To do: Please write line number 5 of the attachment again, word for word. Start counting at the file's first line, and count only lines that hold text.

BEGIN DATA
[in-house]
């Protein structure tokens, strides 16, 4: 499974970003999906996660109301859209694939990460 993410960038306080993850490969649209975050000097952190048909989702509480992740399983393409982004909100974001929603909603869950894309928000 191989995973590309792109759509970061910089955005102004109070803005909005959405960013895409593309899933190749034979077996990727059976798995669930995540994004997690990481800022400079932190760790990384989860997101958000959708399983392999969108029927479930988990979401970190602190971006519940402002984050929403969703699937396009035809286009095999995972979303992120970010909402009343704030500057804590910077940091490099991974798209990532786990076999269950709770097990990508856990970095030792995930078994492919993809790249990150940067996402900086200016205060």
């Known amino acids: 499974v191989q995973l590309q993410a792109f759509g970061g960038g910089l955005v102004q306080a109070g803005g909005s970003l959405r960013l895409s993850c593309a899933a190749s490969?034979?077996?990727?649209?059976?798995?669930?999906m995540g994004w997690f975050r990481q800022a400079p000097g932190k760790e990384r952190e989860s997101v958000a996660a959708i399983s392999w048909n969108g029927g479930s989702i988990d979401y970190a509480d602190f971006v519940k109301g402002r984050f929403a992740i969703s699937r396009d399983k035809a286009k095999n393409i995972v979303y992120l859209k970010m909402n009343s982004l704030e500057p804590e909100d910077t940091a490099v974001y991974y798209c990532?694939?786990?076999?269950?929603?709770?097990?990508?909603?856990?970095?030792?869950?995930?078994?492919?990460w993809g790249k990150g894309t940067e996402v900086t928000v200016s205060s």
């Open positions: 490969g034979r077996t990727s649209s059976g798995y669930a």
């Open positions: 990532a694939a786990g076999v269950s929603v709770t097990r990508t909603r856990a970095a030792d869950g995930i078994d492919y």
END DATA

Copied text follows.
């Open positions: 990532a694939a786990g076999v269950s929603v709770t097990r990508t909603r856990a970095a030792d869950g995930i078994d492919y």